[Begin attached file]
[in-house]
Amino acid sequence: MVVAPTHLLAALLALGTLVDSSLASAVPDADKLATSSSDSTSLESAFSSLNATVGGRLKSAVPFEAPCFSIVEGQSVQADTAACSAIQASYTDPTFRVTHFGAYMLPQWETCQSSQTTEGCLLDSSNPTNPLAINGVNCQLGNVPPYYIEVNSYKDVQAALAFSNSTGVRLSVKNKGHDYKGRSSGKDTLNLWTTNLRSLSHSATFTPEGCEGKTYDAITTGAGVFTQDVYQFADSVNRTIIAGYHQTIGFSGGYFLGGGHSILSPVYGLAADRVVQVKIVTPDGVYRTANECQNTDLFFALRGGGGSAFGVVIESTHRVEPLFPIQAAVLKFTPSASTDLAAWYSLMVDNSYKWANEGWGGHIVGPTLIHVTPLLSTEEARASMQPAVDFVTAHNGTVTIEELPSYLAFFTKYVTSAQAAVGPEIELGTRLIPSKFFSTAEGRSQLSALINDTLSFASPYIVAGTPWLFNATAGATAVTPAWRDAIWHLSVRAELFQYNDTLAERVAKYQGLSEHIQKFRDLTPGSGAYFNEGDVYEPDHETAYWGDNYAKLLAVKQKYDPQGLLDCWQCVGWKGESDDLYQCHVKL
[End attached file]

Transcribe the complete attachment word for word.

[in-house]
Amino acid sequence: MVVAPTHLLAALLALGTLVDSSLASAVPDADKLATSSSDSTSLESAFSSLNATVGGRLKSAVPFEAPCFSIVEGQSVQADTAACSAIQASYTDPTFRVTHFGAYMLPQWETCQSSQTTEGCLLDSSNPTNPLAINGVNCQLGNVPPYYIEVNSYKDVQAALAFSNSTGVRLSVKNKGHDYKGRSSGKDTLNLWTTNLRSLSHSATFTPEGCEGKTYDAITTGAGVFTQDVYQFADSVNRTIIAGYHQTIGFSGGYFLGGGHSILSPVYGLAADRVVQVKIVTPDGVYRTANECQNTDLFFALRGGGGSAFGVVIESTHRVEPLFPIQAAVLKFTPSASTDLAAWYSLMVDNSYKWANEGWGGHIVGPTLIHVTPLLSTEEARASMQPAVDFVTAHNGTVTIEELPSYLAFFTKYVTSAQAAVGPEIELGTRLIPSKFFSTAEGRSQLSALINDTLSFASPYIVAGTPWLFNATAGATAVTPAWRDAIWHLSVRAELFQYNDTLAERVAKYQGLSEHIQKFRDLTPGSGAYFNEGDVYEPDHETAYWGDNYAKLLAVKQKYDPQGLLDCWQCVGWKGESDDLYQCHVKL